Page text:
The drum machine has been filtered, rolling off the high end giving it a more muted feel. This creates a pulsing throbbing feel to the percussion, allowing all of the other instruments to sit on top. The loose bass guitar is kept low in the mix, providing just enough underlying tonal groove to support the accompaniment. Except for a few wah-muted solos, the electric guitar is kept hidden. Stone’s vocals are up-close and tight, dry and in front. Again, he’s delivering them somewhere between a smooth singing and low-key talking. Here it totally works, it sounds cool. The tight recording and having them mixed to sit just above the accompaniment makes a big difference.

Runnin’ Away

Towards the end of the album “Runnin’ Away” provides a strange change in feeling. It’s more light-hearted in feel. Male and female double up in perfect unison. The female vocals are up-front with the male vocals adding additional texture lower-end texture. The male vocals are mixed so low, they’re near subliminal. Acoustic drums provide a simple beat, galloping bass guitar provides a throbbing low end, and filtered acoustic guitar strums rhythms between verses. The accompaniment pulls back during the verses, allowing them to take focus. The lyrics takes a sly dig at the disintegration of the hippie movement. Mid-60s Bacharach style trumpet lines enhance the optimistic feel of the song; The lyrics about failure contrast with this feel. This is a joke mocking the failure of the hippie dream.While there is not a consistent scheme for where rhymes happen, rhyming is seen throughout. And the first line of each line ends with a mocking laugh.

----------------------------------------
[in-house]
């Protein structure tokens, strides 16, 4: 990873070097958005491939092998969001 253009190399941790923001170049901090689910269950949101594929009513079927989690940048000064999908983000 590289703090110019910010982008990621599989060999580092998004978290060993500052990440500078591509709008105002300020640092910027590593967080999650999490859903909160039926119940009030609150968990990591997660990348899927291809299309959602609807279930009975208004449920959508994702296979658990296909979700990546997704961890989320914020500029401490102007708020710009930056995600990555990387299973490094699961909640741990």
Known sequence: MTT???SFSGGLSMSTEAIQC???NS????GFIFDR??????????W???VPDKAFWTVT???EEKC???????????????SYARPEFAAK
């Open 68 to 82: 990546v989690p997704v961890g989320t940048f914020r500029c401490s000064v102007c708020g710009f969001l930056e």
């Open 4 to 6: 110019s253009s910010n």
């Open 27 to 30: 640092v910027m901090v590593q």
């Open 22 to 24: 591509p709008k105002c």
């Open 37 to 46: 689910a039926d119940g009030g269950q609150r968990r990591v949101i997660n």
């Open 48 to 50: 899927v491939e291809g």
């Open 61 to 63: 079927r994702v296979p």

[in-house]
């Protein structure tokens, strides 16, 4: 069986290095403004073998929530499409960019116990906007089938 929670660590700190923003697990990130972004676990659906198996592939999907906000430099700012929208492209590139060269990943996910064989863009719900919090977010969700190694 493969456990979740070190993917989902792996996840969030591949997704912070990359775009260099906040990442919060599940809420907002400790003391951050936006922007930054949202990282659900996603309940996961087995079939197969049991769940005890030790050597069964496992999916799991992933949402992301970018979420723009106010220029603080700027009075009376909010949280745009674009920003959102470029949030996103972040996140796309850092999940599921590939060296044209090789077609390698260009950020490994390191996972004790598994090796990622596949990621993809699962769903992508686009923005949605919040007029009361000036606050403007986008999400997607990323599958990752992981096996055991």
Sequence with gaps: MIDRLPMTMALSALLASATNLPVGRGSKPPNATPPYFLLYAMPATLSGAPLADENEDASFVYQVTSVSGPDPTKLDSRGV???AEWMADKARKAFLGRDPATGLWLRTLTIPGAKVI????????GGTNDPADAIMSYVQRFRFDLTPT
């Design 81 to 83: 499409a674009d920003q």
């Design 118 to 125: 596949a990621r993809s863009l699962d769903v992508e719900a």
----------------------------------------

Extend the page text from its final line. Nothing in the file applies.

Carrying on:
Running away to get away, ha-ha, ha-ha
You’re wearing out your shoes
Look at you fooling you
Making blues of night and day, hee-hee, hee-hee
You’re stretching out your dues
Look at you fooling you
Shorter cut is quicker but, Ha-ha, ha-ha
Time is here to stay
Look at you fooling you

Sonic Youth’s “Daydream Nation”

Album cover for Daydream Nation

This week, I’ve been listening to Sonic Youth’s double-LP “Daydream Nation” from 1988. The band formed in 1981, creating no-wave noise rock. No-wave describes a movement that started in the late-70s. These musicians were inspired by elements of punk-rock but rejected its musically-conservative nature. Punk promised rebellion by creating something new rejecting what they saw as commercial music out of touch with reality. Most punk did so by making a return to the song-writing of early rock of the 1950s. This meant following long established song-structures and chord-progressions. No-wave intentionally avoided these norms like Ornette Coleman did with free-jazz. Sonic Youth developed their sound and style from these no-wave roots. By “Daydream Nation,” they combined the experimental sound with somewhat more traditional song-structures.

I first heard Sonic Youth when a friend lent my their 1990 album “Goo” in 1994. It took me a few listens to get into it and then I loved it.

Teenage Riot

The album opens strong with “Teenage Riot.” This 7 minute track consists of an 79 second long intro of a single clean electric guitar playing a series of two simple chords slowly. Female vocalist Kim Gordon speaks in a blasé manner, recording twice and panned hard left-hard-right. The words give new meaning to teenage poetry: “You’re it; no, you’re it;hey, you’re really it; you’re it;no I mean it, you’re it;say it,don’t spray it.” As with much of Sonic Youth’s vocals, they give us passionate rebellion with a disconnected cool like Andy Warhol in sunglasses. They’re cultivate an impression of being uncultivated. By elevating the mundane emptiness of self-conscious youth culture, they creating art out of the superficial and question the sublime. Its quite clear throughout this album that they appreciate the Velvet Underground and carry on many of those traditions.